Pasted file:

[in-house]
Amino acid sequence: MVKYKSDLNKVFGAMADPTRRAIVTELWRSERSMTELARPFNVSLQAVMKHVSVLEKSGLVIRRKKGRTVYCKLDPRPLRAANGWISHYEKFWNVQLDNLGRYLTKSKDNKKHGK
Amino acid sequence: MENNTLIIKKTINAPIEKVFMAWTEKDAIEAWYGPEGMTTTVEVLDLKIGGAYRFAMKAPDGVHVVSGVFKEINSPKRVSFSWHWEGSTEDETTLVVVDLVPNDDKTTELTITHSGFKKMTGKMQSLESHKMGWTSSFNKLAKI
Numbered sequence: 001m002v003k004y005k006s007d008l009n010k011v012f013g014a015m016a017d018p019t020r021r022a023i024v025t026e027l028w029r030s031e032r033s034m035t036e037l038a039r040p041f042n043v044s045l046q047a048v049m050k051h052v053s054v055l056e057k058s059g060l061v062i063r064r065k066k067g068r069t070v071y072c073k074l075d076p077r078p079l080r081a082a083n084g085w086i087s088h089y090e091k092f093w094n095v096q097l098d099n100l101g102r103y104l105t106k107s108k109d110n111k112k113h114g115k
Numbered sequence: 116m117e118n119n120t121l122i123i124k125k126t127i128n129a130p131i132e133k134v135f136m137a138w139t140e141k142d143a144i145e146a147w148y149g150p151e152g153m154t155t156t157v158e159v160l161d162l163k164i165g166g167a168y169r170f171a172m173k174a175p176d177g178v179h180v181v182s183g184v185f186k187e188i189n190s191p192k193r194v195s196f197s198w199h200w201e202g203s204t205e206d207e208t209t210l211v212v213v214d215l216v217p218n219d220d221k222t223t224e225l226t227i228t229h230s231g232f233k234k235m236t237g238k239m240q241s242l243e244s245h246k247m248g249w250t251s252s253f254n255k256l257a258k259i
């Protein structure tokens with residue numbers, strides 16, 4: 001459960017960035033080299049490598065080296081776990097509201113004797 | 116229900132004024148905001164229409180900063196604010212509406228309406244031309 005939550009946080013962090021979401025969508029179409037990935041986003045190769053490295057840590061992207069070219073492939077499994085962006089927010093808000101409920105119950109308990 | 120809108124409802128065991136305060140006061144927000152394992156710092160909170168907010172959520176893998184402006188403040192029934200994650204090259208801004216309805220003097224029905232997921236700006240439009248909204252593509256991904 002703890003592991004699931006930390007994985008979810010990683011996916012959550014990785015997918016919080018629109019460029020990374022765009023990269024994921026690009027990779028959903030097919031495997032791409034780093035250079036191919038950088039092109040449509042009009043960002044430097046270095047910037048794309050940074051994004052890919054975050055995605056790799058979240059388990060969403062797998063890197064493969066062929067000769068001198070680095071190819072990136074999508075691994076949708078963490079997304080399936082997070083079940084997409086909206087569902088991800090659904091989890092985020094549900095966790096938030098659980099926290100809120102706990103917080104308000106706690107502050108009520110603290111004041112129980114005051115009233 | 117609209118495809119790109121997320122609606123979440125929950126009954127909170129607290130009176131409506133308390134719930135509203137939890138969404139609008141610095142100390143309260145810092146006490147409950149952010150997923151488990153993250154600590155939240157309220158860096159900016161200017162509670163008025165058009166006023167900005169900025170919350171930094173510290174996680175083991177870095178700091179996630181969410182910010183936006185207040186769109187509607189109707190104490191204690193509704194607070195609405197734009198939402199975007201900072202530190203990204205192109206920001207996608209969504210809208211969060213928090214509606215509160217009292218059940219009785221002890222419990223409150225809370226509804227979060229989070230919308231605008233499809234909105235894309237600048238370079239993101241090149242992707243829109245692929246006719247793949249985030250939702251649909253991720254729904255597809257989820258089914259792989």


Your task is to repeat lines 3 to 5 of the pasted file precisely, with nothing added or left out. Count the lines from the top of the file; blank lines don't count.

Amino acid sequence: MENNTLIIKKTINAPIEKVFMAWTEKDAIEAWYGPEGMTTTVEVLDLKIGGAYRFAMKAPDGVHVVSGVFKEINSPKRVSFSWHWEGSTEDETTLVVVDLVPNDDKTTELTITHSGFKKMTGKMQSLESHKMGWTSSFNKLAKI
Numbered sequence: 001m002v003k004y005k006s007d008l009n010k011v012f013g014a015m016a017d018p019t020r021r022a023i024v025t026e027l028w029r030s031e032r033s034m035t036e037l038a039r040p041f042n043v044s045l046q047a048v049m050k051h052v053s054v055l056e057k058s059g060l061v062i063r064r065k066k067g068r069t070v071y072c073k074l075d076p077r078p079l080r081a082a083n084g085w086i087s088h089y090e091k092f093w094n095v096q097l098d099n100l101g102r103y104l105t106k107s108k109d110n111k112k113h114g115k
Numbered sequence: 116m117e118n119n120t121l122i123i124k125k126t127i128n129a130p131i132e133k134v135f136m137a138w139t140e141k142d143a144i145e146a147w148y149g150p151e152g153m154t155t156t157v158e159v160l161d162l163k164i165g166g167a168y169r170f171a172m173k174a175p176d177g178v179h180v181v182s183g184v185f186k187e188i189n190s191p192k193r194v195s196f197s198w199h200w201e202g203s204t205e206d207e208t209t210l211v212v213v214d215l216v217p218n219d220d221k222t223t224e225l226t227i228t229h230s231g232f233k234k235m236t237g238k239m240q241s242l243e244s245h246k247m248g249w250t251s252s253f254n255k256l257a258k259i